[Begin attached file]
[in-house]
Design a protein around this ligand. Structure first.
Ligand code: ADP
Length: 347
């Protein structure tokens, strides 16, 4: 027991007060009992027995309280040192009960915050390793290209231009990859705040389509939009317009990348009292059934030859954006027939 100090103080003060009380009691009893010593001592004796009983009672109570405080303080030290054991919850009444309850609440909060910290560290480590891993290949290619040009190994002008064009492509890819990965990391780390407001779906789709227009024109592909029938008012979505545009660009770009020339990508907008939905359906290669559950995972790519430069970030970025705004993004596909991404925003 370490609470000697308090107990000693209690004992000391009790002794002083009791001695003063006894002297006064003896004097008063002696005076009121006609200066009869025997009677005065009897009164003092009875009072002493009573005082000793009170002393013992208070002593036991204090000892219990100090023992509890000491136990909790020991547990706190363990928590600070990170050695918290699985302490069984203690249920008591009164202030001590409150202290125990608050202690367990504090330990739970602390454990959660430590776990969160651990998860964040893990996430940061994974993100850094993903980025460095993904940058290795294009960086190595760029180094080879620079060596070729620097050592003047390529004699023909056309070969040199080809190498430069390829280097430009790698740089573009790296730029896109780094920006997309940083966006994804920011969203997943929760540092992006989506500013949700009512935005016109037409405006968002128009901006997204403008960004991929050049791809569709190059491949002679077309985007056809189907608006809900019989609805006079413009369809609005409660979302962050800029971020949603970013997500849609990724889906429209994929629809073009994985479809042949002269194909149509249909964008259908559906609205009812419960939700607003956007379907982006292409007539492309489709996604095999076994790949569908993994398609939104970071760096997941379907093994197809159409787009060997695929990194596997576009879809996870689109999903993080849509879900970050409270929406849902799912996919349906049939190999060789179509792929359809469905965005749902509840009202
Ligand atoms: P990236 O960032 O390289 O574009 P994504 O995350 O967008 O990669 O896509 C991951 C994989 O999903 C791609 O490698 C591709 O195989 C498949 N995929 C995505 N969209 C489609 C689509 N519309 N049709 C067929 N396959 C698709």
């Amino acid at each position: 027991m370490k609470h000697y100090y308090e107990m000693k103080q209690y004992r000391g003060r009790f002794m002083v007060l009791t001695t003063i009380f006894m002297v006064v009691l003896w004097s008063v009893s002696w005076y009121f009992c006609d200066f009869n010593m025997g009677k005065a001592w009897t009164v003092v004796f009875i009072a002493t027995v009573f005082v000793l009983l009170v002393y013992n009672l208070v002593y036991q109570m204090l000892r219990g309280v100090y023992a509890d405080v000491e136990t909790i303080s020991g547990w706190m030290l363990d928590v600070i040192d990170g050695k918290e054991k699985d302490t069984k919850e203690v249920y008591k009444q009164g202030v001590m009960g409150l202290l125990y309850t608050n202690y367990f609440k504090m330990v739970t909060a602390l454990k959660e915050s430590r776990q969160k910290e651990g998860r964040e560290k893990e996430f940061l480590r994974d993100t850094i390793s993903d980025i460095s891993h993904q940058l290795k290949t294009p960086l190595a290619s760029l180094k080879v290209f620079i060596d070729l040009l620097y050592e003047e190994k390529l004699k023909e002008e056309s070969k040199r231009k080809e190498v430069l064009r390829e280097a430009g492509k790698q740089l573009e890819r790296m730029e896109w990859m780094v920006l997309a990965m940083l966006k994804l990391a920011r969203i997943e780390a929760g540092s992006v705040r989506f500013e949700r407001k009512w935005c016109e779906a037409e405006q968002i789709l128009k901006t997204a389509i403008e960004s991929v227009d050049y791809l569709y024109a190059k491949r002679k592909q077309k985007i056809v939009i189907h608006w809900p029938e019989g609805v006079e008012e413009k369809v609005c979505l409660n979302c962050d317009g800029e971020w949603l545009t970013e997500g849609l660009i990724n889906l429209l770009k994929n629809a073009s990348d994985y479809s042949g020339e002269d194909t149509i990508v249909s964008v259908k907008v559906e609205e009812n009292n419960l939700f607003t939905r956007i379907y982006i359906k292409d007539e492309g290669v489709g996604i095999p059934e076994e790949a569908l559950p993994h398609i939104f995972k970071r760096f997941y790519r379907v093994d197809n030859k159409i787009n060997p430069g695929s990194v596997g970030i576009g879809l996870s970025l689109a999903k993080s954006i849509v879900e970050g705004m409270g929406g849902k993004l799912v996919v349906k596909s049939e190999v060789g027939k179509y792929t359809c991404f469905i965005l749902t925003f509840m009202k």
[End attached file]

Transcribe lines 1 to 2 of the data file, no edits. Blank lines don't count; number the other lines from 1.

[in-house]
Design a protein around this ligand. Structure first.